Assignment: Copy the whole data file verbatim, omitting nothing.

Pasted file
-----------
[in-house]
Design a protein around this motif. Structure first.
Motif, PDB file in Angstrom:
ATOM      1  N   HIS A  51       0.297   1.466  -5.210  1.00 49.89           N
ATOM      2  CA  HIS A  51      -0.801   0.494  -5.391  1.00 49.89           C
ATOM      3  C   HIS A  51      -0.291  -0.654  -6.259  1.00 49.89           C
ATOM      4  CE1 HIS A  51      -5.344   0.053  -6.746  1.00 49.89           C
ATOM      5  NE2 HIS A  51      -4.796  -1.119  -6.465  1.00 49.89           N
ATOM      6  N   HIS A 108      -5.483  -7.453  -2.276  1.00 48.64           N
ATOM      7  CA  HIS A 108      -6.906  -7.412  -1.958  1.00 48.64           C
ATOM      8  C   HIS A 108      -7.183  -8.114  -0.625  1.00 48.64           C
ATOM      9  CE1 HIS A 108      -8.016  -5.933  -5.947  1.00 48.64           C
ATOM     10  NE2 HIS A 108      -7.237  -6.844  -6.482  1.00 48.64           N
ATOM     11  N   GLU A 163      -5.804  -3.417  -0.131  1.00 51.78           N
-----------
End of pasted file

[in-house]
Design a protein around this motif. Structure first.
Motif, PDB file in Angstrom:
ATOM      1  N   HIS A  51       0.297   1.466  -5.210  1.00 49.89           N
ATOM      2  CA  HIS A  51      -0.801   0.494  -5.391  1.00 49.89           C
ATOM      3  C   HIS A  51      -0.291  -0.654  -6.259  1.00 49.89           C
ATOM      4  CE1 HIS A  51      -5.344   0.053  -6.746  1.00 49.89           C
ATOM      5  NE2 HIS A  51      -4.796  -1.119  -6.465  1.00 49.89           N
ATOM      6  N   HIS A 108      -5.483  -7.453  -2.276  1.00 48.64           N
ATOM      7  CA  HIS A 108      -6.906  -7.412  -1.958  1.00 48.64           C
ATOM      8  C   HIS A 108      -7.183  -8.114  -0.625  1.00 48.64           C
ATOM      9  CE1 HIS A 108      -8.016  -5.933  -5.947  1.00 48.64           C
ATOM     10  NE2 HIS A 108      -7.237  -6.844  -6.482  1.00 48.64           N
ATOM     11  N   GLU A 163      -5.804  -3.417  -0.131  1.00 51.78           N